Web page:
Which Plan Is Right for You?

Choosing the right plan for you depends on your unique situation. Here are a few examples of when these plans might be a good choice for you.

  • Want to save with tax advantages? Think you may need access to the money in your account while you are working? The 403(b) Plan might be your best bet. Loans may be available; and you can withdraw your money from your account without penalty starting at age 59½.
  • Already contributing to the 403(b) Plan and want to save more before taxes? Consider the 457(b) Plan. You can contribute up to the IRS pretax limits in the 457(b) as well as the 403(b). That means you can contribute up to $36,000 per year across both plans if you are under 50, and up to $48,000 per year if you are 50 or older. You might also explore the Blue Shield Health Savings Plan, which lets you make pretax contributions to a health savings account (HSA). Distributions from an HSA are tax free if used for eligible medical expenses, either now or in the future.2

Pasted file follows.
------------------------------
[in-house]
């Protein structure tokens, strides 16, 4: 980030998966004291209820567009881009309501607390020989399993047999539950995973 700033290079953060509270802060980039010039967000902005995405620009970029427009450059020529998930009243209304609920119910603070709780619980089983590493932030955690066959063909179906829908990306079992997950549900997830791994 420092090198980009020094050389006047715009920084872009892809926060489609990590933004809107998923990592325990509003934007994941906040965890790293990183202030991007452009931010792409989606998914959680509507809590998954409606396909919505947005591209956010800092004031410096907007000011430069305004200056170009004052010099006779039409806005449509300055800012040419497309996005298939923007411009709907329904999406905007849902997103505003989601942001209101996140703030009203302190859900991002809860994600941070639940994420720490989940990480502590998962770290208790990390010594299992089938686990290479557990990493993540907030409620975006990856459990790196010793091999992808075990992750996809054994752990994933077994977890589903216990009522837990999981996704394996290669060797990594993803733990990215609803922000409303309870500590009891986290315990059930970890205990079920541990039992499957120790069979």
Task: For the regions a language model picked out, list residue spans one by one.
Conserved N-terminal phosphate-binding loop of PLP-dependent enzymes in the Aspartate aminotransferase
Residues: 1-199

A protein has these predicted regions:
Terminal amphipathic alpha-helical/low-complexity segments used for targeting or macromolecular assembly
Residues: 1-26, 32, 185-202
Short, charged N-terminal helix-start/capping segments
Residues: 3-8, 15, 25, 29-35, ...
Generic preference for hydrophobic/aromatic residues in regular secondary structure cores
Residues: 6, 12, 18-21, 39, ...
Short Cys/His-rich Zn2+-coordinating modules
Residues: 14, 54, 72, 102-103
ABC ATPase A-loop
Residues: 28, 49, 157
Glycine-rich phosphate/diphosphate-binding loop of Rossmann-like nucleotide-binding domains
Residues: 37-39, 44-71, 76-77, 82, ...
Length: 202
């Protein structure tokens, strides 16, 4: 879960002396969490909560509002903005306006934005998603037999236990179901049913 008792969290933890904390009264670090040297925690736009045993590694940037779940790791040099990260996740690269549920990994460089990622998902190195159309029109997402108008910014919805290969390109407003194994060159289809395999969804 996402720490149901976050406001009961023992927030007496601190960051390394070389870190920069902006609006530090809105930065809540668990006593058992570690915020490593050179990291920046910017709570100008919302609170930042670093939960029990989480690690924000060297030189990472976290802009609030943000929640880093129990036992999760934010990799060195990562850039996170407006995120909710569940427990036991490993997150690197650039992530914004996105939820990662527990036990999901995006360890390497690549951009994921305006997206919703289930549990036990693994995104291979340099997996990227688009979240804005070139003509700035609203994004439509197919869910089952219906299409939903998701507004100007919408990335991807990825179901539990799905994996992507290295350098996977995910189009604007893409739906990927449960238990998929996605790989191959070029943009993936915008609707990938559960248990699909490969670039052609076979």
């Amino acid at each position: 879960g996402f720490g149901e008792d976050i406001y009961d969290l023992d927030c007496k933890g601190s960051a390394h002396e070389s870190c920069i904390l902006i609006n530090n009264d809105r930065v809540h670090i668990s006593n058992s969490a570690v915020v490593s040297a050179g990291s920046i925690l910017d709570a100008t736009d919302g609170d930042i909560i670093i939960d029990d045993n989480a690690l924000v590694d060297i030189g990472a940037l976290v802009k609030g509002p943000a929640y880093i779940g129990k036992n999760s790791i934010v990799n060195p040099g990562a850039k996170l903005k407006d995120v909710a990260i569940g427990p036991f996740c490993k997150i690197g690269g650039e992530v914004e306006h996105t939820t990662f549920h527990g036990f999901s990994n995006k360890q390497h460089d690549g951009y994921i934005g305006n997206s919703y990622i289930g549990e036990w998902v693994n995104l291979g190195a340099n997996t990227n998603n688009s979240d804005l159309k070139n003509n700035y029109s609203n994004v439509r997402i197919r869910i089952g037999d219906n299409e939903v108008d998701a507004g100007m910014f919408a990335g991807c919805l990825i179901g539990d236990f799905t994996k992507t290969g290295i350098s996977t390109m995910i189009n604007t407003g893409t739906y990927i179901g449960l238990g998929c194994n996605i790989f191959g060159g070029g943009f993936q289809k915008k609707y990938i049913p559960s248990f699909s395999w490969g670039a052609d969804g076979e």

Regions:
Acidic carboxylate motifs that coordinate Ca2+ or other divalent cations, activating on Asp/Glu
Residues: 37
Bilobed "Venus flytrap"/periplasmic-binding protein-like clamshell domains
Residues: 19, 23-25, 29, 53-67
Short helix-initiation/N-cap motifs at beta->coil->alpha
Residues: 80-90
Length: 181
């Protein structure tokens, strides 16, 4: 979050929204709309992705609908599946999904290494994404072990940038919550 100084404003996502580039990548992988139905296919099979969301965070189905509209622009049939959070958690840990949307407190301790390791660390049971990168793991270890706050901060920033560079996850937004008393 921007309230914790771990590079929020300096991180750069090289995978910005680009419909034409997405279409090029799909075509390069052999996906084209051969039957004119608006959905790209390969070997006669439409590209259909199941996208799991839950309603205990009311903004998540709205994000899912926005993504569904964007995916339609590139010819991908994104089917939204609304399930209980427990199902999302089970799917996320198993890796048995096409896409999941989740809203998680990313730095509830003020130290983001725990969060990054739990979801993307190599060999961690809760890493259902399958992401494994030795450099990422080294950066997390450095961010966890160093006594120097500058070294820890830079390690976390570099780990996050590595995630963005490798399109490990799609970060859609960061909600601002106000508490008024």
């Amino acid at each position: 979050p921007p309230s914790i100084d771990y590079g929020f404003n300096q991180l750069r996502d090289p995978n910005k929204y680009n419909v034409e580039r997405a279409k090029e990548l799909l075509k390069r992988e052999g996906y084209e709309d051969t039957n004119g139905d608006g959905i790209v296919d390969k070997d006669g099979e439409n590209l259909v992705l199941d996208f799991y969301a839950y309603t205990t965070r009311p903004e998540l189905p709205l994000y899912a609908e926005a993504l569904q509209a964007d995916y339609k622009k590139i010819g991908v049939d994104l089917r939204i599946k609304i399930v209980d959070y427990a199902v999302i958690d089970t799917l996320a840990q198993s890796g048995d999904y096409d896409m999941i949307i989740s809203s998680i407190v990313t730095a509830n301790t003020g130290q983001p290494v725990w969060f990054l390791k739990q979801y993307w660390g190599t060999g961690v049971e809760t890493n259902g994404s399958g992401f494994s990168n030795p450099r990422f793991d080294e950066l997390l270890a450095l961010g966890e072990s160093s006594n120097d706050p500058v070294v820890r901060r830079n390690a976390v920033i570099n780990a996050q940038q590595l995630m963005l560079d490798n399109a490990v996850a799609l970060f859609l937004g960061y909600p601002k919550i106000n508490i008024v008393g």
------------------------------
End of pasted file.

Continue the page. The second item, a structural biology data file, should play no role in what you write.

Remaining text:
• Saving in both the 403(b) and 457(b), and want to put even more away? Consider making after-tax contributions to the DC Plan.

Ready to Take Action?

Now it’s easier than ever to enroll in your UC Retirement Savings Program. EasyEnroll simplifies your saving decisions, and no log-in is needed. Just go to UCRSPenroll.com.

Want help? Remember, professionals are standing by, ready to help you as you make these important decisions. Just visit getguidance.fidelity.com/universityofcalifornia to schedule an in-person meeting with a Fidelity Retirement Planner. Or call 1-800-558-9182 to get help today.

Keep in mind that investing involves risk. The value of your investment will fluctuate over time, and you may gain or lose money.

1 Bankrate Financial Security Index survey, May 17, 2016.

2 With respect to Federal taxation but may or may not apply to State taxation. Please consult with your tax advisor for more information on the State tax implications for HSA contributions.